My roommate John had mentioned some Linux feature he had found that allowed for mouseless browsing: when you pressed a key, each of the links on a webpage would appear with a letter next to it, and you could follow a link by pressing that letter. No using the mouse. This morning I found a few Firefox extensions that allow this kind of browsing, and although I’ve only been using Hit-a-Hint for about five minutes I’m already hooked. The other one, the aptly named Mouseless Browsing, looks good too — it looks to me like it has more settings you can tweak. But by the time I had found MB I had already installed HaH, and I like the default behavior of HaH so I’ll stick with it for now.

As part of my delayed but accelerating descent into geekdom, I’ve come to understand this aversion to the mouse. I think that people really get nuts about keyboard shortcuts through some combination of a) using the computer enough for it to be important, and b) getting comfortable enough with their software to want to understand non-necessary but useful things like keyboard shortcuts. I’m increasingly there on both counts. Plus once you start trying to not use the mouse, it gets to be kind of an obsession. The less frequently you reach for the mouse the more you wonder whether there is a keyboard shortcut for that too.

In reading today’s Lifehacker, where Wendy had asked people to mention their favorite shortcuts, I was reminded of that Onion opinion piece where the guy was going on and on about the usefulness of keyboard shortcuts. I would never do that, would I?

Deep into Python

The past week or so I’ve been diving deep into Python. I’m trying to learn text processing techniques so that I can assemble data through screen scraping, both for research and for my voting recommendation project. For example, the first thing I’d really like to be able to do is parse SEC documents on the web in order to assemble a database of mutual fund proxy voting. There is a lot of data out there, and I’m tired of giving up if I can’t find it in a nice table somewhere (or assembling it in annoying ways like manual data entry). Python is going to help me fix this.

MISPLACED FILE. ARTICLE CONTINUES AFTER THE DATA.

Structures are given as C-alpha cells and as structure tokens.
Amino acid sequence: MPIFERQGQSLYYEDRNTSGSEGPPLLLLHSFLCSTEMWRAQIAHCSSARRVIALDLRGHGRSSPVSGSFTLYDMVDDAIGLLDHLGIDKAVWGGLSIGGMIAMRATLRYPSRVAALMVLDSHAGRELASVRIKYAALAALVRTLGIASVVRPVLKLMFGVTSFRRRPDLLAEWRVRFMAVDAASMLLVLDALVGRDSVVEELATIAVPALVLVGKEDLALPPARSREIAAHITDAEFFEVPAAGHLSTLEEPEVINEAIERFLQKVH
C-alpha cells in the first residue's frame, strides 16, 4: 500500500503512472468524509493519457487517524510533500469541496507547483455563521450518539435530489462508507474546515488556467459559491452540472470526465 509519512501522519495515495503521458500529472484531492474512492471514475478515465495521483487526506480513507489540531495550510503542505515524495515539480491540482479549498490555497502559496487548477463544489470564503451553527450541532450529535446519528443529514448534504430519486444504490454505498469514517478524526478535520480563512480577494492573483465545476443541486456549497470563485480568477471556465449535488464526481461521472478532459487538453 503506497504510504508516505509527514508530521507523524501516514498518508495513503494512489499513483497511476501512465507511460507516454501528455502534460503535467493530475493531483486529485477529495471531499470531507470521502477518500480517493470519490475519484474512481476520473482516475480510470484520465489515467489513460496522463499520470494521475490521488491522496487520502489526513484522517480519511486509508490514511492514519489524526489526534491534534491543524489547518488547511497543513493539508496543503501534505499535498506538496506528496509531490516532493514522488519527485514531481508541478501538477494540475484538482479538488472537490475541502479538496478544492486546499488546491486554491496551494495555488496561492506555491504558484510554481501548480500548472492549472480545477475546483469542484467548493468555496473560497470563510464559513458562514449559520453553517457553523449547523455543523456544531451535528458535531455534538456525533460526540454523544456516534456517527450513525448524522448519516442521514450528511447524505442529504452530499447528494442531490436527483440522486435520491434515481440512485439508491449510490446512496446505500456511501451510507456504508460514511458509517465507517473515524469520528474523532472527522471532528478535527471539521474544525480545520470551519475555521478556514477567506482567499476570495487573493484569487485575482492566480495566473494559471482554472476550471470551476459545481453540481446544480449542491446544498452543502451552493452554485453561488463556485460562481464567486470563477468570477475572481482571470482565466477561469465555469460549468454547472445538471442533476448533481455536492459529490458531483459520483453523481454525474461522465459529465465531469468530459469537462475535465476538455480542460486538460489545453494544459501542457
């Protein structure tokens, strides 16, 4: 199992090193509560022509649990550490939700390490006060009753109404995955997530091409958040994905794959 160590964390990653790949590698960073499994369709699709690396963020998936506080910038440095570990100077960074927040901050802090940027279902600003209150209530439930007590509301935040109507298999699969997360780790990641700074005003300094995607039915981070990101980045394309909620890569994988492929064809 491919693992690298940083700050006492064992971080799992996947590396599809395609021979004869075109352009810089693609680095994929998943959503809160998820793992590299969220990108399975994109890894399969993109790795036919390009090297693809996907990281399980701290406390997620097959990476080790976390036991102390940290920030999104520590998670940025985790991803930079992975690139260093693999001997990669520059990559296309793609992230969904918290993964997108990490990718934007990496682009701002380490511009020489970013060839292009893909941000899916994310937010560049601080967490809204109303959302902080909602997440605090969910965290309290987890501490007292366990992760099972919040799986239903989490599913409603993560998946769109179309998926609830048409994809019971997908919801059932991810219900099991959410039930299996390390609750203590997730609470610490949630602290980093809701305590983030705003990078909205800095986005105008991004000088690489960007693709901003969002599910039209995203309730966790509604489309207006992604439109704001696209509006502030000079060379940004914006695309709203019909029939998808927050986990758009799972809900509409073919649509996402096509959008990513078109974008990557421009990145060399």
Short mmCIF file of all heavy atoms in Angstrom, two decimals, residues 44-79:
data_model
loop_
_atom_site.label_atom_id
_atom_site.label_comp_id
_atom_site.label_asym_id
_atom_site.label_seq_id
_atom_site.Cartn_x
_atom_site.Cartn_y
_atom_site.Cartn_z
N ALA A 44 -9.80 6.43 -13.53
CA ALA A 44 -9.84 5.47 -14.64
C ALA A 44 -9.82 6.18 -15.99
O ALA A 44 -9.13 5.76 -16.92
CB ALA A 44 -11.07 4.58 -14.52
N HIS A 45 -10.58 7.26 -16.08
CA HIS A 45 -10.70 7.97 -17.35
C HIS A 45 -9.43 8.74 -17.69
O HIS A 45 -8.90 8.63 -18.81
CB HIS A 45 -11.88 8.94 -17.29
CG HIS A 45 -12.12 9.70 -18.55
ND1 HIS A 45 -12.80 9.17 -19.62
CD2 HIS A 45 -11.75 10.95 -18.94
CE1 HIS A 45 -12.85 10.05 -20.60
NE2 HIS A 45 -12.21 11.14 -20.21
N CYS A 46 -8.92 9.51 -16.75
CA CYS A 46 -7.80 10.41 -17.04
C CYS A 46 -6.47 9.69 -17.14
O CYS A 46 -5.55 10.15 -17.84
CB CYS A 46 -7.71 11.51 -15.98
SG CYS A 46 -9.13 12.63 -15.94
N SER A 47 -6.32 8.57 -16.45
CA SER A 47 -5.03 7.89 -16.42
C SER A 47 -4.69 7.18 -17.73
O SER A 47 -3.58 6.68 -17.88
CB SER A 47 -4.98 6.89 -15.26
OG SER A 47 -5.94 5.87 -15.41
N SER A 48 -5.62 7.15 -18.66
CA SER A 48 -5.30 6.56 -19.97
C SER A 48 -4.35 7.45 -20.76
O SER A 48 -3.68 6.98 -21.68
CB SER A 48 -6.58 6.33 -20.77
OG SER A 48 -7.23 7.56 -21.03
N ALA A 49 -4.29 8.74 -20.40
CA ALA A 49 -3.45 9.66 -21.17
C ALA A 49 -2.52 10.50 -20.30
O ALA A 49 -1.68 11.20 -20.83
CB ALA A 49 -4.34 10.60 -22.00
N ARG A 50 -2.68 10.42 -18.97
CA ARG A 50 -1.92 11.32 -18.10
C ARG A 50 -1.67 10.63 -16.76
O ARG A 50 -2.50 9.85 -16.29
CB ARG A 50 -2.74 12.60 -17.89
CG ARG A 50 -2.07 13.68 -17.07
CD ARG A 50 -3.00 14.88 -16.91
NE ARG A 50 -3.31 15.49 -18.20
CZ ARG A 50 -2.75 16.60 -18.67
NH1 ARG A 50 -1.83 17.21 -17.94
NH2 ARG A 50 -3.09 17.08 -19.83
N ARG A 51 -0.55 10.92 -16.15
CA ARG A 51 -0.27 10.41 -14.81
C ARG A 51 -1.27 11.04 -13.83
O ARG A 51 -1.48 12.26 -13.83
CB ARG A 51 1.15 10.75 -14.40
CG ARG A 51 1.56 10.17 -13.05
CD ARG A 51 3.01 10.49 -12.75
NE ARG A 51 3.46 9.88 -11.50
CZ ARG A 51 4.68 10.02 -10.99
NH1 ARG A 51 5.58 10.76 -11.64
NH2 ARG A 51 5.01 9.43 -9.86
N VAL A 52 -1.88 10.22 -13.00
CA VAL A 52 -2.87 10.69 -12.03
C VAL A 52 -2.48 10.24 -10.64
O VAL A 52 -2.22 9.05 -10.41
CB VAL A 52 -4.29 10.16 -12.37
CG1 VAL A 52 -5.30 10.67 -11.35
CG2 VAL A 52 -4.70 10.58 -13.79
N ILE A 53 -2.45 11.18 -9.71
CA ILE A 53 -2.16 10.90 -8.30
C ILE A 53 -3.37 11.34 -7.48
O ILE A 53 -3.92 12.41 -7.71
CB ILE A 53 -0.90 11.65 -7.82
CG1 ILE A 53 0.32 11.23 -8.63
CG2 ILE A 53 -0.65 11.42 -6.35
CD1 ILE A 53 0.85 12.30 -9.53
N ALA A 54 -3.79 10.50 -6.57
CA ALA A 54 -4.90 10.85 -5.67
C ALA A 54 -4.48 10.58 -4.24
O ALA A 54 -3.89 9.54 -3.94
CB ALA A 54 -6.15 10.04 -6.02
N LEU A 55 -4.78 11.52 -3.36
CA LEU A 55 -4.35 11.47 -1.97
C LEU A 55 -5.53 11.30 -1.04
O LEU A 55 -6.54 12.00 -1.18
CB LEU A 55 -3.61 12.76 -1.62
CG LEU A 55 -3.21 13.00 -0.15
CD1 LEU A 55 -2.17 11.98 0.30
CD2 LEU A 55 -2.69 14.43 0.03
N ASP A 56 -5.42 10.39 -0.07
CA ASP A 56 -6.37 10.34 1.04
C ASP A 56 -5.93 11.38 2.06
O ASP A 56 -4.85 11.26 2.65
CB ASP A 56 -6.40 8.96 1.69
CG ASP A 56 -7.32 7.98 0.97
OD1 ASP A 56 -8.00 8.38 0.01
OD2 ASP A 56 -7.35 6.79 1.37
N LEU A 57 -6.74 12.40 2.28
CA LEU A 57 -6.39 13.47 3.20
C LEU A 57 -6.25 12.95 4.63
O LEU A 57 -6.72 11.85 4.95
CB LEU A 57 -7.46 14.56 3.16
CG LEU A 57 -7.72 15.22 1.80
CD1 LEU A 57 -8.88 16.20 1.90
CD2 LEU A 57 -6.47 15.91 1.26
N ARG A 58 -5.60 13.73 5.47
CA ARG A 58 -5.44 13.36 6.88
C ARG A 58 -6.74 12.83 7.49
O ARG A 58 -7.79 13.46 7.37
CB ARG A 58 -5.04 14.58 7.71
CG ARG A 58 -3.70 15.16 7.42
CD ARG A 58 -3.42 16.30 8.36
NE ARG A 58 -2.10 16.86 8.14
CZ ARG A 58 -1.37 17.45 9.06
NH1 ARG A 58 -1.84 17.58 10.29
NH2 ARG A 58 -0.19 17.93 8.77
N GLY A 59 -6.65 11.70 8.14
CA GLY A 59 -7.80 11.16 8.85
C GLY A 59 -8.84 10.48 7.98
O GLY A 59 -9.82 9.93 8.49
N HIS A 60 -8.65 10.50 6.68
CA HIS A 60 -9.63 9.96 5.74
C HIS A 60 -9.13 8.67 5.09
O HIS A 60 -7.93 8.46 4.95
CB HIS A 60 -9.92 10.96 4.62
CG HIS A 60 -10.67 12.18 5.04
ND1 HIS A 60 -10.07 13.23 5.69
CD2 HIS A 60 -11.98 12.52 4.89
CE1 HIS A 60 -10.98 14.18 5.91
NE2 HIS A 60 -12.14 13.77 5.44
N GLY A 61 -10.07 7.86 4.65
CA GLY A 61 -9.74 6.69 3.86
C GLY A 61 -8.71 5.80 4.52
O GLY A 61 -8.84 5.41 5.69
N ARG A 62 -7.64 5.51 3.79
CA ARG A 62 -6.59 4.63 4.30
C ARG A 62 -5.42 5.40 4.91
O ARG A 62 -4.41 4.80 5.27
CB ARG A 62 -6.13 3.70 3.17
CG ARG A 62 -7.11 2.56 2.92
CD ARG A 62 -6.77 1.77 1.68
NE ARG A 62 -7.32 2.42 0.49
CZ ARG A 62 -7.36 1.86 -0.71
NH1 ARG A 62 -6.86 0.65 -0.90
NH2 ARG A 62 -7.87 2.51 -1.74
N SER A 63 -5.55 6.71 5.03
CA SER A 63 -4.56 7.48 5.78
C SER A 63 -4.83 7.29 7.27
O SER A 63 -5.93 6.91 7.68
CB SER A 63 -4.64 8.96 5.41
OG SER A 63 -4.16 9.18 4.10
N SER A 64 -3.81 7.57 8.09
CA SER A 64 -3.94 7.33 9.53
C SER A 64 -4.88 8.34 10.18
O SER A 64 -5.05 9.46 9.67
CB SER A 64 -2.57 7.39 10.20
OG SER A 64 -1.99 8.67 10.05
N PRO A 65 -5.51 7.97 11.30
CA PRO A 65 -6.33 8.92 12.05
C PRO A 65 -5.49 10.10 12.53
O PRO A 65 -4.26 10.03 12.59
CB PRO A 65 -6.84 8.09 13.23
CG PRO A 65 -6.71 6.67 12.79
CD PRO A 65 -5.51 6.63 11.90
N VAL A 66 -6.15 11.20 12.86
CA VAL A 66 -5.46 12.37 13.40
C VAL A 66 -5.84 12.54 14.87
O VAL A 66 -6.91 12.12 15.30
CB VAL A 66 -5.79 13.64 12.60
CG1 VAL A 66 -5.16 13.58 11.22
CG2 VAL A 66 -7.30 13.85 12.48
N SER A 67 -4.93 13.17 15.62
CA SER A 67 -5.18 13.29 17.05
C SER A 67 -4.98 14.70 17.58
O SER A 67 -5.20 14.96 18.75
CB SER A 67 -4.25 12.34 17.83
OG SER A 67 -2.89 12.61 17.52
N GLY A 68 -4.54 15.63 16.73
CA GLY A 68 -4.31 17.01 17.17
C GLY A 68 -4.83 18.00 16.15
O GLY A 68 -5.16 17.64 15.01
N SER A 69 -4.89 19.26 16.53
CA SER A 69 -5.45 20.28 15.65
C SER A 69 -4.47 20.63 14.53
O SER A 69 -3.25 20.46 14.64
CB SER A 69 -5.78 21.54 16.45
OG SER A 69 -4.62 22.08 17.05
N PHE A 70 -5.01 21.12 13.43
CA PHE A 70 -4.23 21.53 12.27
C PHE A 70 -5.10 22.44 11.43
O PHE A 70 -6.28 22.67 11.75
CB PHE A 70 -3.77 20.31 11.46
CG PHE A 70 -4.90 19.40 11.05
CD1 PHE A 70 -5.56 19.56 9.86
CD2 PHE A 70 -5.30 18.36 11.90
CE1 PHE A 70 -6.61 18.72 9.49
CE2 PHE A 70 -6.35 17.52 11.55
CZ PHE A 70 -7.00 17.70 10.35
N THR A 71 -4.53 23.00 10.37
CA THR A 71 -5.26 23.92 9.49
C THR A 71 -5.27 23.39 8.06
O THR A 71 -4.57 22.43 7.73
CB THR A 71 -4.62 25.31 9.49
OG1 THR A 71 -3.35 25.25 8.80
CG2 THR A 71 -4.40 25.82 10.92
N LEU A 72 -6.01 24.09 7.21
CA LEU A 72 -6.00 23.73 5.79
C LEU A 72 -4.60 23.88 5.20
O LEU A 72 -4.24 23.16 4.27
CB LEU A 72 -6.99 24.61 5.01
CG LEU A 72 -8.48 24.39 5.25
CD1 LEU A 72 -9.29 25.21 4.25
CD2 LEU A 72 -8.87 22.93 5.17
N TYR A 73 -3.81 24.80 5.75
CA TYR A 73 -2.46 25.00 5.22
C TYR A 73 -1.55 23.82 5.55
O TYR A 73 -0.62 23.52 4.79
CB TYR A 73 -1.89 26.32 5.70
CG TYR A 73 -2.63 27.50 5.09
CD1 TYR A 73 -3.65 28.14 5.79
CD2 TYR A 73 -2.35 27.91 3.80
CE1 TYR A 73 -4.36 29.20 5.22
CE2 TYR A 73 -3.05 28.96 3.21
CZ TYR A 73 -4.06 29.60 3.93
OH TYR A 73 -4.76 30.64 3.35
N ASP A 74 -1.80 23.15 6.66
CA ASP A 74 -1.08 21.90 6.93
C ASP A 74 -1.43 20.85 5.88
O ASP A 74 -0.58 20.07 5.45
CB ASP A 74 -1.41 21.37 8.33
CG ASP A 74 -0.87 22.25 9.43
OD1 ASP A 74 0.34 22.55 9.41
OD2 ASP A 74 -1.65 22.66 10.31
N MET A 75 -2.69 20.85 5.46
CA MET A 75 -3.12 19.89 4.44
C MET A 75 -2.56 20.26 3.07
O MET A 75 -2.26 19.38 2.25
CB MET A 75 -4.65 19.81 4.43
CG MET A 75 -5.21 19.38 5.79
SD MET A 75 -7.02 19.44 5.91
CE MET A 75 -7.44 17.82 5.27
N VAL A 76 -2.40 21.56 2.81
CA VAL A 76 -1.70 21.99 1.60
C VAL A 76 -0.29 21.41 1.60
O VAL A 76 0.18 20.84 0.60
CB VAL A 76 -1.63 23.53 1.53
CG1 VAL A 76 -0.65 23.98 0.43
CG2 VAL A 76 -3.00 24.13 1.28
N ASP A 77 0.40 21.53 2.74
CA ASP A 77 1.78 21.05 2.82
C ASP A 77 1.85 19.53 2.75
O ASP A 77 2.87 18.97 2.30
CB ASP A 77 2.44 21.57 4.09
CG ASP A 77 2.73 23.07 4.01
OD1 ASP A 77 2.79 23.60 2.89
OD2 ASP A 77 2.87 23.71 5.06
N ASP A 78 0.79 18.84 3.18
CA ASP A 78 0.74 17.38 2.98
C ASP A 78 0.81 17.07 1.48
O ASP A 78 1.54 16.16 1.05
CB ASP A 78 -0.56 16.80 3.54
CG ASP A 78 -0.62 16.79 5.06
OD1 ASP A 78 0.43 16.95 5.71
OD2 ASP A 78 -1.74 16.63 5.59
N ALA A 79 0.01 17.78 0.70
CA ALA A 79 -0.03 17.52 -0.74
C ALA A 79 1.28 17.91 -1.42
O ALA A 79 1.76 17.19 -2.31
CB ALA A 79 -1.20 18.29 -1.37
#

After some deliberation about whether to learn Ruby or Python, I settled on Python, largely because I heard the libraries were somewhat better developed and, more importantly, my computer scientist roommate appears to be a Python wizard and seems to like helping me along. So I started with the O’Reilly Book Learning Python, changed over to the Magnus Lie Hetland book Beginning Python, and am now starting up on the David Mertz book Text Processing in Python. I can report that the Hetland book is the best at getting off the ground — much more engaging than the O’Reilly book — but I found that Hetland’s examples/problems were a little too involved, in ways that seemed a little too obscure, for my speed. The “Regular Expressions HOWTO” was a great way to solidify my understanding of regular expressions, and the Mertz book looks like a good way to extend things a little further. I’ll try to report back on my progress.

Overall, I can say that I am really enjoying this. I am getting that euphoric feeling that comes with rapid progress at the beginning of pretty much anything (for me, particularly languages and musical instruments). But also it’s clear that this stuff is really useful for what I want to do, and opens up a lot of possibilities. I love it that you can write a few lines of code and extract email addresses from some webpage somewhere. Not that I’m ready to become a spammer or anything, but I can see how this is bringing me closer to being able to assemble information for people in a useful way, which is pretty much the goal.

Be ____ to strangers